A Dummy’s Guide to DC Comics’ “New 52” Superman Titles**
**SPECIAL MEA CULPA EDITION FORWARD**
Many of you have no doubt already read this Dummy’s Guide, and some of you have already responded to my saying Action Comics is not worth your time or money. I have taken your opinions to heart, as well as the opinions of a whole host of other comic lovers: Grant Morrison’s run on Action Comics is being hailed as nothing short of great. I began to think that maybe I was missing something, so I decided to re-read all the issues (#1-12) and see if my harsh judgment of the series was unfounded or not. After re-reading the issues, I must say mea culpa. Morrison’s Action Comics run is well-written and does a great job of bringing Superman back to his roots and exploring his early years as a superhero. However, it’s not a perfect series: some of his issues are pretty choppy and at times don’t make sense. But, that’s not every issue, and overall, Action Comics has been great. Those of you who were displeased with my summation of the series will be happy to note that I even went so far as to pick up the hardcover collection of Superman: Action Comics: Superman & The Men of Steel which was released this week (August 1st, 2012). I still, however, stand behind my opinion that overall, SUPERMAN has been a consistently well-written series, and has been doing a great job of following the Big Blue Boy Scout’s adult years. I would go so far as to say that Action Comics and Superman are definitely tied for best Superman titles. Please note that I have rearranged the following Dummy’s Guide and wrote a new snippet for Action Comics. Thanks for reading!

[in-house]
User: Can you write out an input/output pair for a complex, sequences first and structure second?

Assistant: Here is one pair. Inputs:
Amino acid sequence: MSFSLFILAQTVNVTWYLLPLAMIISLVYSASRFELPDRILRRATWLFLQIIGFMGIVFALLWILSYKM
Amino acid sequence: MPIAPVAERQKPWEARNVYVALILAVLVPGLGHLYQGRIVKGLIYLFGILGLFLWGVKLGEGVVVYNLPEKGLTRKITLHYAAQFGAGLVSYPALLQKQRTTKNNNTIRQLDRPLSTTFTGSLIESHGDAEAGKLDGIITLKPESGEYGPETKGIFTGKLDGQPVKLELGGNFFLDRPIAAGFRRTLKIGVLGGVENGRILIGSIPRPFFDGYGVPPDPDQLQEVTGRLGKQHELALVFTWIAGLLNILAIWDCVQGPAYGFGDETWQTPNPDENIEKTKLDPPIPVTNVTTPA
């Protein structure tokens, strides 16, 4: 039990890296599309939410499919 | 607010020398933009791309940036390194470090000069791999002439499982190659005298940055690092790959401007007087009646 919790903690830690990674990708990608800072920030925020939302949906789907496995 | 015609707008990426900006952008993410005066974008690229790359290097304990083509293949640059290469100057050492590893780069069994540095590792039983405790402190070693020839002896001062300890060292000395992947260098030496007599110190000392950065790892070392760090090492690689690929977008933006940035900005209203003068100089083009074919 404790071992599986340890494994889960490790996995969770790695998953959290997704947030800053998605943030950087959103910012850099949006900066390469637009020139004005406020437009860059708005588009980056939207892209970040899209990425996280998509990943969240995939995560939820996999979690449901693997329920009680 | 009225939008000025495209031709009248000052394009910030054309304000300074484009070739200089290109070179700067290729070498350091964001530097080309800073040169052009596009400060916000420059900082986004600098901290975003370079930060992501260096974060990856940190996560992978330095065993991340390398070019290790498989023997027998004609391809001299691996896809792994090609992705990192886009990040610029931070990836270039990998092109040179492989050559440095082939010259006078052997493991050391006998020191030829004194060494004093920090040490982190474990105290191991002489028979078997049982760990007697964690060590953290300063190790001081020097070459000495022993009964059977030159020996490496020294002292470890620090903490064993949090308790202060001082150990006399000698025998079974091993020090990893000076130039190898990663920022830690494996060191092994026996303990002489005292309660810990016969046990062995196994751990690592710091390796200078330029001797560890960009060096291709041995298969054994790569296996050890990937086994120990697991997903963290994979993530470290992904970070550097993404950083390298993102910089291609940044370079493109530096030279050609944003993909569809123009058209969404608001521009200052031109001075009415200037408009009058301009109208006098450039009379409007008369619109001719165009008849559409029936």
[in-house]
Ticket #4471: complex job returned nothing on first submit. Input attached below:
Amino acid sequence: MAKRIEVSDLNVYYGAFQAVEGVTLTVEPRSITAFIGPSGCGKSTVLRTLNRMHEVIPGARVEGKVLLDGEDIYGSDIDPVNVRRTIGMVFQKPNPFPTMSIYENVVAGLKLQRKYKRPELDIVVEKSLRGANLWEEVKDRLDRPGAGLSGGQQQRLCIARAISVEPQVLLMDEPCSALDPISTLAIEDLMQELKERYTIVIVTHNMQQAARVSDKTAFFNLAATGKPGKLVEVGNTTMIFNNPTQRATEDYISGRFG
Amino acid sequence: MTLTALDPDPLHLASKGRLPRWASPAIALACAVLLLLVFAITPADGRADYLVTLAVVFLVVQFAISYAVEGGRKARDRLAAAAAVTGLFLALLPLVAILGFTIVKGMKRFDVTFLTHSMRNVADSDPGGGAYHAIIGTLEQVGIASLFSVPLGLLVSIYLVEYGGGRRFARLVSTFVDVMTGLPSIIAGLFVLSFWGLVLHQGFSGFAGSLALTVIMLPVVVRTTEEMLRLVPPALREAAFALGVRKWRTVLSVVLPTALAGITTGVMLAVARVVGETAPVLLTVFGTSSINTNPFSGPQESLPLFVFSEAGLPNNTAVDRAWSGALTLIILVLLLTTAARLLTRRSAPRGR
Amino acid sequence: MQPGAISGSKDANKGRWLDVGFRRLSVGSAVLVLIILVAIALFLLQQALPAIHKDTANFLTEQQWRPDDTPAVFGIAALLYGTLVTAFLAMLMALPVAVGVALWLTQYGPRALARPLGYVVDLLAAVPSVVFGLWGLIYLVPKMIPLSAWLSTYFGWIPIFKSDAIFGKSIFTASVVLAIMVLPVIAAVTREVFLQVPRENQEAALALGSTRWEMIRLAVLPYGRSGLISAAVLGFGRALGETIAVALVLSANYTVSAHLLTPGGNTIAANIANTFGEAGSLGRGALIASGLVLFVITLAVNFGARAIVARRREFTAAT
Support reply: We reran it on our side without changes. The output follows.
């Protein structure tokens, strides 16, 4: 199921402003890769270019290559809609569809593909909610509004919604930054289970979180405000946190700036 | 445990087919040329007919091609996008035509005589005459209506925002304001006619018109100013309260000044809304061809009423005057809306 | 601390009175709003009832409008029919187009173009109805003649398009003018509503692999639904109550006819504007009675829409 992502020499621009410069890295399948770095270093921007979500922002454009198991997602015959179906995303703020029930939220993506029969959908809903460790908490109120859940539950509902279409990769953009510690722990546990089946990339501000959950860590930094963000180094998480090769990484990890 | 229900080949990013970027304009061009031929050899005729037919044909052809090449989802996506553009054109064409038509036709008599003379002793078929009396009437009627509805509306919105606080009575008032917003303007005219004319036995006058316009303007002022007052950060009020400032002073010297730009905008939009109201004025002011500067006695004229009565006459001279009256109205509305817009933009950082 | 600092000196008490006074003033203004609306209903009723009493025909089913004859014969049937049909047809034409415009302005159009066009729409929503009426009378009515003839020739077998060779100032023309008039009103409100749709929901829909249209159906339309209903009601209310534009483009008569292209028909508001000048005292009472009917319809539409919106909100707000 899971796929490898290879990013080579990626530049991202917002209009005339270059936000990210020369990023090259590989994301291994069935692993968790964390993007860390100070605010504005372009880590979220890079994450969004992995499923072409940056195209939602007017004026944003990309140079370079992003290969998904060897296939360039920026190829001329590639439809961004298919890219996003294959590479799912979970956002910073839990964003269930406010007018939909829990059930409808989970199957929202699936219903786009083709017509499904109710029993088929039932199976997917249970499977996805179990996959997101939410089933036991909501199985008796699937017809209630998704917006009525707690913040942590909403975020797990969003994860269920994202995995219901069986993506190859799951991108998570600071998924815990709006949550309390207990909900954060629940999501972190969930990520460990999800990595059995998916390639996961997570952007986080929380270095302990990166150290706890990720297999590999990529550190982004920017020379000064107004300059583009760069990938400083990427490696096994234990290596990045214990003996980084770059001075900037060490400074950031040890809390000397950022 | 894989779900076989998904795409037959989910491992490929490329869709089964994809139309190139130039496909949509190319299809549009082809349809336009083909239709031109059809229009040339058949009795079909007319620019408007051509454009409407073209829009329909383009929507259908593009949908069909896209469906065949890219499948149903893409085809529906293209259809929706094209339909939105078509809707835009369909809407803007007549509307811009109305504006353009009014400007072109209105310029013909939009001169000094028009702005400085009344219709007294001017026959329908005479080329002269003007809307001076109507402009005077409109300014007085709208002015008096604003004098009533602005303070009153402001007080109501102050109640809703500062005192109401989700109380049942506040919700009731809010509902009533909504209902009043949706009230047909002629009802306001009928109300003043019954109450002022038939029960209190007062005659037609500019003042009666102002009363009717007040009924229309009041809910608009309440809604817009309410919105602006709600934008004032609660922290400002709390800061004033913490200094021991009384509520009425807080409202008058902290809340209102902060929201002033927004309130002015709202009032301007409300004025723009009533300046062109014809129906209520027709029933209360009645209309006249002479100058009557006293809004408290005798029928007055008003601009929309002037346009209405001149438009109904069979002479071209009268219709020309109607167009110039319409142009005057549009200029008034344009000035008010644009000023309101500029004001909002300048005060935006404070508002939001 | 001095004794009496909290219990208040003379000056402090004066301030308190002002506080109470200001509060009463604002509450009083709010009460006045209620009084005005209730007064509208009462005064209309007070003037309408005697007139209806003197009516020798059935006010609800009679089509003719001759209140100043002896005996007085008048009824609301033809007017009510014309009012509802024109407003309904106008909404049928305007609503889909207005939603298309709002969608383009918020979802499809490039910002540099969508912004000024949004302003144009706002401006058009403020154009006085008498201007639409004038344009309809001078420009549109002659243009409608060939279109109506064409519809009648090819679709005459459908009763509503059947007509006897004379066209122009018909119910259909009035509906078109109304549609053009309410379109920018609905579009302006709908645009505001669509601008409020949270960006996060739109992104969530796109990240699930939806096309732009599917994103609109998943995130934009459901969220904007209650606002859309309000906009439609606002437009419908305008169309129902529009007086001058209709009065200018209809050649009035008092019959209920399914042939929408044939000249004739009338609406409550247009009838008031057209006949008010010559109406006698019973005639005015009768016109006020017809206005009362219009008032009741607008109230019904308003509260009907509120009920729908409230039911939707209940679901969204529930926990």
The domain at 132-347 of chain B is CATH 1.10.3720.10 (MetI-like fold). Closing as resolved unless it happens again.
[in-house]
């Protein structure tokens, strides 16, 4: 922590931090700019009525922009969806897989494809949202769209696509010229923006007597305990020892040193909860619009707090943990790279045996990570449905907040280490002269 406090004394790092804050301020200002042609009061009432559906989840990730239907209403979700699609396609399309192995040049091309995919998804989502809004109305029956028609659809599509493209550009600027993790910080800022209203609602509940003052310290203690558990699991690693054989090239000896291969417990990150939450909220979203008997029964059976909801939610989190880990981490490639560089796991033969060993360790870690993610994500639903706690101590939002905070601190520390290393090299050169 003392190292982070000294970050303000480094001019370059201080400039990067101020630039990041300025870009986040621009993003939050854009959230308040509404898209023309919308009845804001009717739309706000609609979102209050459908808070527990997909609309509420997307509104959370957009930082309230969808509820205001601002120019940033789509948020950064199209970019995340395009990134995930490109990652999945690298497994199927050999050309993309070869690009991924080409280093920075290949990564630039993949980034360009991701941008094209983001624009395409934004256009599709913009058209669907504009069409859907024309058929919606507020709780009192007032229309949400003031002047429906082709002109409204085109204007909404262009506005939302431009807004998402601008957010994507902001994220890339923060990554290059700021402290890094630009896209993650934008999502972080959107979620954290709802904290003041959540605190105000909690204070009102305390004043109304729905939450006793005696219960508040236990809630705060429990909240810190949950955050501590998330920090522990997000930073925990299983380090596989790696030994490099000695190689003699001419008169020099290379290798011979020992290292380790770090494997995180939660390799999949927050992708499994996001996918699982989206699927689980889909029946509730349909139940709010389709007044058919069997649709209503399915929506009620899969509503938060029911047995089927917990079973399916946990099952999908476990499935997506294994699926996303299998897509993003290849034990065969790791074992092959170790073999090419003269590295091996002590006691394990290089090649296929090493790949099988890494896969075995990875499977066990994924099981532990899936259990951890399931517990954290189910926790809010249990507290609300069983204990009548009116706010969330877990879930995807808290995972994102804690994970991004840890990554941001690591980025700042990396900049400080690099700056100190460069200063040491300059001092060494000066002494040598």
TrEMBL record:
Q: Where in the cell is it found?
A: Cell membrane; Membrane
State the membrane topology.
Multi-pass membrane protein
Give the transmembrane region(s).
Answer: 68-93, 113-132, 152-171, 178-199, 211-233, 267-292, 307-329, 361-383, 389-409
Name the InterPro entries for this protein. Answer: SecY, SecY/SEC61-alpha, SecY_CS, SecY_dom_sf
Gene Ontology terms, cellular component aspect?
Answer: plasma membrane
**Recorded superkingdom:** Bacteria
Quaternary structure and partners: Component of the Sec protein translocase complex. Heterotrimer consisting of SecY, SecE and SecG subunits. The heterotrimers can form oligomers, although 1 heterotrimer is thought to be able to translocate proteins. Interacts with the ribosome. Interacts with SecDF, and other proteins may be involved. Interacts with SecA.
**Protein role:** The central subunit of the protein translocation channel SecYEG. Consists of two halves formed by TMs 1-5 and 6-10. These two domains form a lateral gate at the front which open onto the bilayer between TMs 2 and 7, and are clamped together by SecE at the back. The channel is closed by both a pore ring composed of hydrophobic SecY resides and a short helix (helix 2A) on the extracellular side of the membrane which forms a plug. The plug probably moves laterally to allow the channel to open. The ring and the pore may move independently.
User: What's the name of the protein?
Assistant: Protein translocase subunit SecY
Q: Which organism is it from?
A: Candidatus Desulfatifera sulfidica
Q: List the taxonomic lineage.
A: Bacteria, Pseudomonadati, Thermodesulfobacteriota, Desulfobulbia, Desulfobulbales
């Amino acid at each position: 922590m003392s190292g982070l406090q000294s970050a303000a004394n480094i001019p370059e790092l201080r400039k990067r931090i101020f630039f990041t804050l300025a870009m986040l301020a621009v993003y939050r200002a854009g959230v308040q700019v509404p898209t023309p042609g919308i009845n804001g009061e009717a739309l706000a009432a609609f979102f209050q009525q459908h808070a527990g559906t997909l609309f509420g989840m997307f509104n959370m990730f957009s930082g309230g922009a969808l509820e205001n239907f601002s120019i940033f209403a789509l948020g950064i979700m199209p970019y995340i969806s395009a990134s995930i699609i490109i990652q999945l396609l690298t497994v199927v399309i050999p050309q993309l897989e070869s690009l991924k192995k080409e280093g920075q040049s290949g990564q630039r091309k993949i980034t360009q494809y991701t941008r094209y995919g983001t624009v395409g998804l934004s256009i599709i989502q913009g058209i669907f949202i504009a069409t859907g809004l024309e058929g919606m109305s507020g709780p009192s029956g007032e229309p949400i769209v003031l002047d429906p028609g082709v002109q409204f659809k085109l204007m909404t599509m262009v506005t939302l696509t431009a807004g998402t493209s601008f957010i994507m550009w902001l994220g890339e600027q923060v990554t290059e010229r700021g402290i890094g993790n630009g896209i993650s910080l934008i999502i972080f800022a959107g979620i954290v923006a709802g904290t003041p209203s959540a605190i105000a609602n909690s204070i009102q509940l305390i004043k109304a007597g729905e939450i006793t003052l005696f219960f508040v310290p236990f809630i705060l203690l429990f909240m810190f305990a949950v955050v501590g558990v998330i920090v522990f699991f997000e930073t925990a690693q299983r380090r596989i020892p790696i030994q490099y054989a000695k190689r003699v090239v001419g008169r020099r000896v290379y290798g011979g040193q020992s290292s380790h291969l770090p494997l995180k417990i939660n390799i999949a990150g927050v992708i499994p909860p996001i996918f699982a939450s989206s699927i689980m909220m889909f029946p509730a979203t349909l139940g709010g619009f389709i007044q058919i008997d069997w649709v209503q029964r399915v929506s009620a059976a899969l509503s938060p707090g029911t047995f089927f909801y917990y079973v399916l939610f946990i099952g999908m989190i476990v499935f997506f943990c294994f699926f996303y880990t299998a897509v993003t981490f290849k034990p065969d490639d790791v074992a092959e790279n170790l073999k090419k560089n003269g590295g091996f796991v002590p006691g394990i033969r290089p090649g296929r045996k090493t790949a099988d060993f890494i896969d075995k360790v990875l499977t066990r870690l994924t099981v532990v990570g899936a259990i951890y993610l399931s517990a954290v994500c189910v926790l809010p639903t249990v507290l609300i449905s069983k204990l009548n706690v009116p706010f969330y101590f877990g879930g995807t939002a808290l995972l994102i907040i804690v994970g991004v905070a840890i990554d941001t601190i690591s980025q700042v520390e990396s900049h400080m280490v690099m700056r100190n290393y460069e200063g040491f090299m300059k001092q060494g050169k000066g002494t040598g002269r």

Greetings, citizens! After the warm reception my last article – “A Dummy’s Guide to DC Comics’ ‘New 52’ Batman Titles” – a couple of you dear readers asked if there would be “A Dummy’s Guide” for DC’s new Superman titles as well. You all asked so nicely – how could I possibly say no! So without further ado, I present to you another guide to help you know which DC Comics’ titles are worth your time AND money:
A Dummy’s Guide to DC Comics’ “New 52” Superman Titles
As with the Dummy’s Guide to Batman article, I will work my way from what is, in my opinion, the worst of the titles to what is – again, in my opinion – the best of the titles.
The “New 52” Supergirl series, although it really has nothing to do with Superman (she crossed over briefly in the first couple issues of Superman, but that’s about it), is actually not that bad. It saddens me that I have to say it’s actually better than Grant Morrison’s Action Comics, but it’s true. This series follows a young Kara Zor-El who arrives to the same planet her cousin did, but apparently she can’t speak – or understand – our language yet, which makes things a bit complicated. Thankfully, she’s made friends with Irish siblings, one of whom has some magical abilities and can speak Kryptonian as well as help Kara begin to learn our language. This makes for interesting character interactions and plot points, but other than the awesome art by Mahmud Asrar, Supergirl is just “kinda okay” as a series. Final Verdict: While Supergirl is superbly drawn and presents an interesting take on the character as she struggles to adapt to Earth, the series is somewhat “dry”. I’d say save your time and money, unless you’re really an avid Supergirl fan.